Posttraumatic stress disorder (PTSD) and the dermatology patient

Clin Dermatol. May-Jun 2017;35(3):260-266. doi: 10.1016/j.clindermatol.2017.01.005. Epub 2017 Jan 22.

Abstract

Dermatologic symptoms can be associated with posttraumatic stress disorder (PTSD) in several situations: (1) as features of some core PTSD symptoms, such as intrusion symptoms manifesting as cutaneous sensory flashbacks, as autonomic arousal manifesting as night sweats and idiopathic urticaria, and as dissociation manifesting as numbness and dermatitis artefacta; (2) the cutaneous psychosomatic effects of emotional and physical neglect and sexual abuse (eg, infantile eczema, cutaneous self-injury, and body-focused repetitive behaviors such as trichotillomania and skin picking disorder) and eating disorders, which can have dermatologic effects; (3) the direct effect of physical or sexual abuse or catastrophic life events (eg, earthquakes) on the skin; and (4) as a result of significant alterations in hypothalamic-pituitary-adrenal and sympatho-adrenal medullary axes, which can affect neuroendocrine and immune functions, and can lead to exacerbations of stress-reactive inflammatory dermatoses such as psoriasis, chronic urticaria, and atopic dermatitis. Elevated levels of inflammatory biomarkers and impaired epidermal barrier function have been reported in situations involving sustained psychologic stress and sleep deprivation. Some PTSD patients show hypothalamic-pituitary-adrenal axis hyporesponsiveness and higher circulating T lymphocytes, which can exacerbate immune-mediated dermatologic disorders. PTSD should be considered an underlying factor in the chronic, recurrent, or treatment-resistant stress-reactive dermatoses and in patients with self-induced dermatoses.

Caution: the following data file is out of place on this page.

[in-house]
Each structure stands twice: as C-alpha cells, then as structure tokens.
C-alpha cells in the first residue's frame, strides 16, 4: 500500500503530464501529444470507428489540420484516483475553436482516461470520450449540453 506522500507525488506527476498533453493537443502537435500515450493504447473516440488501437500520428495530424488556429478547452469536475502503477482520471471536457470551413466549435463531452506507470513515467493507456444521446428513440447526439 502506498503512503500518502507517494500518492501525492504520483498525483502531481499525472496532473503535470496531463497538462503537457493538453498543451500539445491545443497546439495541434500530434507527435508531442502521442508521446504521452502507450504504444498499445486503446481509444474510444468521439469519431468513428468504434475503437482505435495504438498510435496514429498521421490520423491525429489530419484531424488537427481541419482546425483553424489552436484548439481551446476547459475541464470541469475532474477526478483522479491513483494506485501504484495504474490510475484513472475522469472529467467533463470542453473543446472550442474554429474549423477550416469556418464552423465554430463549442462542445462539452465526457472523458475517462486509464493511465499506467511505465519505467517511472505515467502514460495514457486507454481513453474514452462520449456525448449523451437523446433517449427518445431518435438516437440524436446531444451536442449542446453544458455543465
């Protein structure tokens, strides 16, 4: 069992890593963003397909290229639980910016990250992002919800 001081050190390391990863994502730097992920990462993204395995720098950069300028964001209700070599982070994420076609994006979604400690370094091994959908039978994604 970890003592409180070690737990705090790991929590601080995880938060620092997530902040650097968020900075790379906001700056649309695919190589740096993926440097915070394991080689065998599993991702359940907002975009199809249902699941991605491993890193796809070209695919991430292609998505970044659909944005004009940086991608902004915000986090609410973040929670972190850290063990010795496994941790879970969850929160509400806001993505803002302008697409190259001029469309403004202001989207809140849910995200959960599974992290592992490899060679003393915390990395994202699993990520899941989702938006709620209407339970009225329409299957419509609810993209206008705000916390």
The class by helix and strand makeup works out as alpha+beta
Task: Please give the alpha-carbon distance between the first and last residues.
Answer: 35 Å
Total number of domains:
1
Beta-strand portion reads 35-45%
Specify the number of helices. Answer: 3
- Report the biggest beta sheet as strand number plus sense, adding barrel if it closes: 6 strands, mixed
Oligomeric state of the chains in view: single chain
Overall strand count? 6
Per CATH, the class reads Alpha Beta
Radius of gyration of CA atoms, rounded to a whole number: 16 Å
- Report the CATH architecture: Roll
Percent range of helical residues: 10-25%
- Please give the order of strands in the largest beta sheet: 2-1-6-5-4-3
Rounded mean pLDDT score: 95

MeSH terms

  • Dermatology
  • Humans
  • Hypothalamo-Hypophyseal System / physiopathology
  • Pituitary-Adrenal System / physiopathology
  • Skin Diseases / complications
  • Skin Diseases / psychology*
  • Stress Disorders, Post-Traumatic / complications
  • Stress Disorders, Post-Traumatic / psychology*